Archive for the ‘podcast’ Category
It’s been nearly 20 years since the Nintendo 64 (N64) premiered in the United States. Aside from being Nintendo’s third console, it marked a lot of major changes for both the company and the industry as a whole. Fred and Jam look back on the console that started as Project Reality and eventually became one of the influential pioneers of 3D polygonal gaming.
Developer Aicom had a slew of interesting titles in the late 80s and early 90s, one of which was called The Astyanax or Lord of the Kings in Japan. Oddly enough the game also had one of those infamous ports to the NES that changed and extended the original arcade concept, which Fred loved as a kid. In this episode Jam and Fred discuss their discovery of the arcade original and a replay of the Nintendo port.
What was supposed to be the first three episodes of Gaming Tech 101 got expanded into a 3-part first episode thanks to everyone’s discussion of and confusion around 4K and HDR.
This first part (1a) covers the era of the Standard Definition Television (SDTV), most notably the CRT. Fred talks about what the technology does and how it works with consoles.
In this second part Fred talks about the principle changes to High Definition TV (HDTV) including the formats, resolutions, and options that are most common today. He also discusses many factors involved in your HDTV that you may not be aware of and may want to pay attention to.
Now the biggie, Ultra HD or 4K TVs. Fred gets into it all: what’s changed, what is 4K resolution, what is HDR exactly, and why should we all care. He also adds tips to look for when buying a TV and most importantly, what the new consoles (and PCs) are doing with 4K and HDR. Note: Already a correction. Rise of the Tomb Raider does not currently support HDR on either Xbox One or PC, however Crystal Dynamics has claimed a patch is in the works. As far as I can tell no games on PC support HDR at this time and NBA2K17, releasing Friday, Sept. 16th, will be the first game to support HDR on XB1 and PS4 thanks to a day one patch. We still won’t know how true that is until it releases.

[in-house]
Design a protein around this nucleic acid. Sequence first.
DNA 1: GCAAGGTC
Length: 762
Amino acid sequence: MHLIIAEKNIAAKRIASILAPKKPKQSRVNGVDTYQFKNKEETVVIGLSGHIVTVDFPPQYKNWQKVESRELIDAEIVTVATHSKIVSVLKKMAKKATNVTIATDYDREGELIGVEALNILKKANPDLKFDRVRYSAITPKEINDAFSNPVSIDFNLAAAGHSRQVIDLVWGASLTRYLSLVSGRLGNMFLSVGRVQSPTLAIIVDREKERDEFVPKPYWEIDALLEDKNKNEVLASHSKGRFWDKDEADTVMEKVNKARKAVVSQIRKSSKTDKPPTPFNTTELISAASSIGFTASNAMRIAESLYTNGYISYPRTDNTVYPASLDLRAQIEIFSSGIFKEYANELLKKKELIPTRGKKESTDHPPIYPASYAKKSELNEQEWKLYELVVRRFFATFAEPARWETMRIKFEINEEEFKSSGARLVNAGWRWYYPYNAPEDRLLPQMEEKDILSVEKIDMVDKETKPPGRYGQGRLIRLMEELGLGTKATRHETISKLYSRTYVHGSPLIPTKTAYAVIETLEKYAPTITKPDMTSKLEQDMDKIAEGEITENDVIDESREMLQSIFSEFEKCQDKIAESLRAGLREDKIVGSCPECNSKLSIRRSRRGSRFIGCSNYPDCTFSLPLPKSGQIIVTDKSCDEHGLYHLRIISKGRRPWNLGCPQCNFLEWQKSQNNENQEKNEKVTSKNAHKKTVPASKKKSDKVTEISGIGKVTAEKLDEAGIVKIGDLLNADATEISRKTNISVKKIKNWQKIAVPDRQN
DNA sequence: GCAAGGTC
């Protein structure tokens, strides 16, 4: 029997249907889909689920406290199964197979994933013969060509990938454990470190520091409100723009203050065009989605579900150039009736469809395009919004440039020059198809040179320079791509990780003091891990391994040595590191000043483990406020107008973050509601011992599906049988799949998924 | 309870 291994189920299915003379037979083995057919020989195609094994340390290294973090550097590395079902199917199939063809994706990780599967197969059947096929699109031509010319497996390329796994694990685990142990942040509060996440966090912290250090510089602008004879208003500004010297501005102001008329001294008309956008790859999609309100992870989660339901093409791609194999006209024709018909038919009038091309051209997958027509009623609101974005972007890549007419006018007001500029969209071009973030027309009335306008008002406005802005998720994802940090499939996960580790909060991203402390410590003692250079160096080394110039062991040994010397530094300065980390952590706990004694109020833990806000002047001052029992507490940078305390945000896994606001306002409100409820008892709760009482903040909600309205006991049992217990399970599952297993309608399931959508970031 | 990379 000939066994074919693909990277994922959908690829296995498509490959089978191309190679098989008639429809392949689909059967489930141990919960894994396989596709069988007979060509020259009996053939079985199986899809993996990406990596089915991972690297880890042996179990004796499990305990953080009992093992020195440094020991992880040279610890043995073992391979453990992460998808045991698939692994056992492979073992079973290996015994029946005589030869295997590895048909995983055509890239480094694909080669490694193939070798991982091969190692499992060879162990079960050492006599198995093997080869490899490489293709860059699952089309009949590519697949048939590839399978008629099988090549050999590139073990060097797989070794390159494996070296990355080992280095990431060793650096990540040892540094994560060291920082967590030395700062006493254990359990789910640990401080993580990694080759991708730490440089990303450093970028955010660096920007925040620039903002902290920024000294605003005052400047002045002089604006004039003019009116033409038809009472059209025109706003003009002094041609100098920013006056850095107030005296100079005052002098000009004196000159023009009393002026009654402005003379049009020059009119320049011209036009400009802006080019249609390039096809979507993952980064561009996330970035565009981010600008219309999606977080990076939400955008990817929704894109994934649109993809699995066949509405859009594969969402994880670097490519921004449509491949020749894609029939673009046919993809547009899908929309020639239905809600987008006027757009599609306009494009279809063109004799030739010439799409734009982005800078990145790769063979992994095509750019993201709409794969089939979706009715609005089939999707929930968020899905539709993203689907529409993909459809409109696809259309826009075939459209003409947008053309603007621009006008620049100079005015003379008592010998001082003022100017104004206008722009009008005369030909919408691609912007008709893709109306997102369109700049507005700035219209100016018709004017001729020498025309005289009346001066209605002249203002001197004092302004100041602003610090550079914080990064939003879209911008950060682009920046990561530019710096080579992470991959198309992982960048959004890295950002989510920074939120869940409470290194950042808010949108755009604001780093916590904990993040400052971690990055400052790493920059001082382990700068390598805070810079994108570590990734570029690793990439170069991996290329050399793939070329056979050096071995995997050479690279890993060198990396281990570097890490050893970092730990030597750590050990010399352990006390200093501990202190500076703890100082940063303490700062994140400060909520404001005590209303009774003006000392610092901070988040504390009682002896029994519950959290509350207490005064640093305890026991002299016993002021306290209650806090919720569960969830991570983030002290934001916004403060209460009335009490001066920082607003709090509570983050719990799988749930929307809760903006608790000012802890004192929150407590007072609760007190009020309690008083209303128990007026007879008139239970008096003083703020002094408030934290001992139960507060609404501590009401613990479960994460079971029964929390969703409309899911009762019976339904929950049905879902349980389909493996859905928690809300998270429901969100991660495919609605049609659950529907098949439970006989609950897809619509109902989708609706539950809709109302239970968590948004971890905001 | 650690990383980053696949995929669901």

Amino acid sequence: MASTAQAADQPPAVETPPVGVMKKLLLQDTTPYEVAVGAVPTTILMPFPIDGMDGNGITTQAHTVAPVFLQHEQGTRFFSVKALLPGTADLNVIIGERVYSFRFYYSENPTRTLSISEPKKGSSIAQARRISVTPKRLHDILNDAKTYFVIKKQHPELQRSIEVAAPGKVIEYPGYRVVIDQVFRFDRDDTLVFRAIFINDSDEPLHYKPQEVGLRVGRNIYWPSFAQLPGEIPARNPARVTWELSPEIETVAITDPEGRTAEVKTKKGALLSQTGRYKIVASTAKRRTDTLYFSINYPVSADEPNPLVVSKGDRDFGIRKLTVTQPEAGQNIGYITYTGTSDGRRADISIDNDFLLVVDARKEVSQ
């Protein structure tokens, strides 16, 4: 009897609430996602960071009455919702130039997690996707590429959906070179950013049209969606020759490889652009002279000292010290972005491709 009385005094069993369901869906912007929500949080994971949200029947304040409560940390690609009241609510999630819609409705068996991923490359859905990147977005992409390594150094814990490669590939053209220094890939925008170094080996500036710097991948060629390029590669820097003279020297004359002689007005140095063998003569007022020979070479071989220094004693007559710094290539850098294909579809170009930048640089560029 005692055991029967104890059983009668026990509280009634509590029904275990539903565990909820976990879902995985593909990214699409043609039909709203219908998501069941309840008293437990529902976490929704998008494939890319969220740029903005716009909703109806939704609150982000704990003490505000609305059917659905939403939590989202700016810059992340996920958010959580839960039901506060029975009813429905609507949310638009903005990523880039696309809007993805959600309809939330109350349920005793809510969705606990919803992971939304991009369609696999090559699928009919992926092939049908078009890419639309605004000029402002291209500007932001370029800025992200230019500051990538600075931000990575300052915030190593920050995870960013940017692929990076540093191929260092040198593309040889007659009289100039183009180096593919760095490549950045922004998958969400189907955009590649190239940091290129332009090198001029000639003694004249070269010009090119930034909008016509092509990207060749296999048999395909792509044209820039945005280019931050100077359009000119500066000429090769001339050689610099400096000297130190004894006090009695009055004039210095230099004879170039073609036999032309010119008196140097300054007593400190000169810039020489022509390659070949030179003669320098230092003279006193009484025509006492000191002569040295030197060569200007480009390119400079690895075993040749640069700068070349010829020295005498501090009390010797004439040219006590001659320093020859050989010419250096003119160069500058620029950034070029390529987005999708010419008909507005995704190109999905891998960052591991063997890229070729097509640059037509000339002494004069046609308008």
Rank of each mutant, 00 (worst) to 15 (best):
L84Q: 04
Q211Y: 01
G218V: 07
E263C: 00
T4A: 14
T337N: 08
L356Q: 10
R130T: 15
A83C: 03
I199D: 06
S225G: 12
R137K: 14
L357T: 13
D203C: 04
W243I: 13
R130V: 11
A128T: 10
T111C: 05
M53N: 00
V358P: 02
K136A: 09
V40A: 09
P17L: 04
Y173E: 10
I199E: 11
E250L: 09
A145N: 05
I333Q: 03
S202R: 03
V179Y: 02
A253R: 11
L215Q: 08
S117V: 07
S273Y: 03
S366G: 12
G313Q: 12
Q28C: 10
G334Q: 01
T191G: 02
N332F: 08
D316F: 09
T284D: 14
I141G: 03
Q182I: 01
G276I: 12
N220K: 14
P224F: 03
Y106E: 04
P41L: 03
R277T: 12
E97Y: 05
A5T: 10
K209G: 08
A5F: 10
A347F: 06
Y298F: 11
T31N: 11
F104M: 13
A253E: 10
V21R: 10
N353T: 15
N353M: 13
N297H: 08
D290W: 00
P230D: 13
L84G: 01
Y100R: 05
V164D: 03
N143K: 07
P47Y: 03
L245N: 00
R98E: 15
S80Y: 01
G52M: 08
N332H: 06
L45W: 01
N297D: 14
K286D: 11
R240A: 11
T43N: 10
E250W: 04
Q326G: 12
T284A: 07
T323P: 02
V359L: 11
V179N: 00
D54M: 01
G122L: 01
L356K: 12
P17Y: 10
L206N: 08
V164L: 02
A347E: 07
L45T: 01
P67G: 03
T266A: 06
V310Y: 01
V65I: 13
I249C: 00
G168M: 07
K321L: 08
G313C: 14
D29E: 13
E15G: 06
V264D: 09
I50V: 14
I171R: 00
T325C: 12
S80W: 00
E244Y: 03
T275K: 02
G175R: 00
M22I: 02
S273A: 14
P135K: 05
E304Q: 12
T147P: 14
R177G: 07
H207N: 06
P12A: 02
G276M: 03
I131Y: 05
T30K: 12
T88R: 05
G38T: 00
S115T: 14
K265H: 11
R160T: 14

There has been much appeal to the hardware side of retro gaming and with so many new products coming out it’s time to get back to basics. While Gaming Tech 101 will have its own feed and episodes, Fred figured he’d give you a taste over here on the GH101 feed. In episode 0 Fred discusses what GT101’s intentions are and then delves into the growing world of NES clone consoles hitting the market. From NOACs to FPGAs and even Nintendo’s own “mini” slated for holiday, it’s all covered in this first preview episode. GT101 will be a bi-weekly podcast.
This week we wrap up Squaresoft’s collaboration with Disney in the original Kingdom Hearts. Fred and Jam wrap up the campaign and then bring in guest Fortengard to discuss the secrets, bosses, and lesser known differences between versions.
This week Fred and Jam celebrate the 25th Anniversary of the release of the Super Nintendo Entertainment System (SNES) in North America. The duo delve into the design, hardware, regional differences, and of course the games that defined a major portion of the 16-bit generation. As the show wraps the new game club title is chosen, what will it be?
Despite not being able to do a live show, Jam and Fred get together and record a massive introduction to the original Kingdom Hearts. In this first part the two go over the development, gameplay, and presumably first half of the game (they are just past Agrabah by the end of the show). Sorry for the lack of music, there was something off in the audio file that didn’t make it easy to do, so in the interest of time the show was pushed out sans music.
This week Jam’s pick was Psychic World. An action platformer originally released on the MSX as Psycho World (it was Japan only), this title received wider regard in the West as a Game Gear title and those in Europe may have also played the Sega Master System version. Fred and Jam dissect the development, gameplay, and version differences between this largely forgotten title by an almost unknown developer.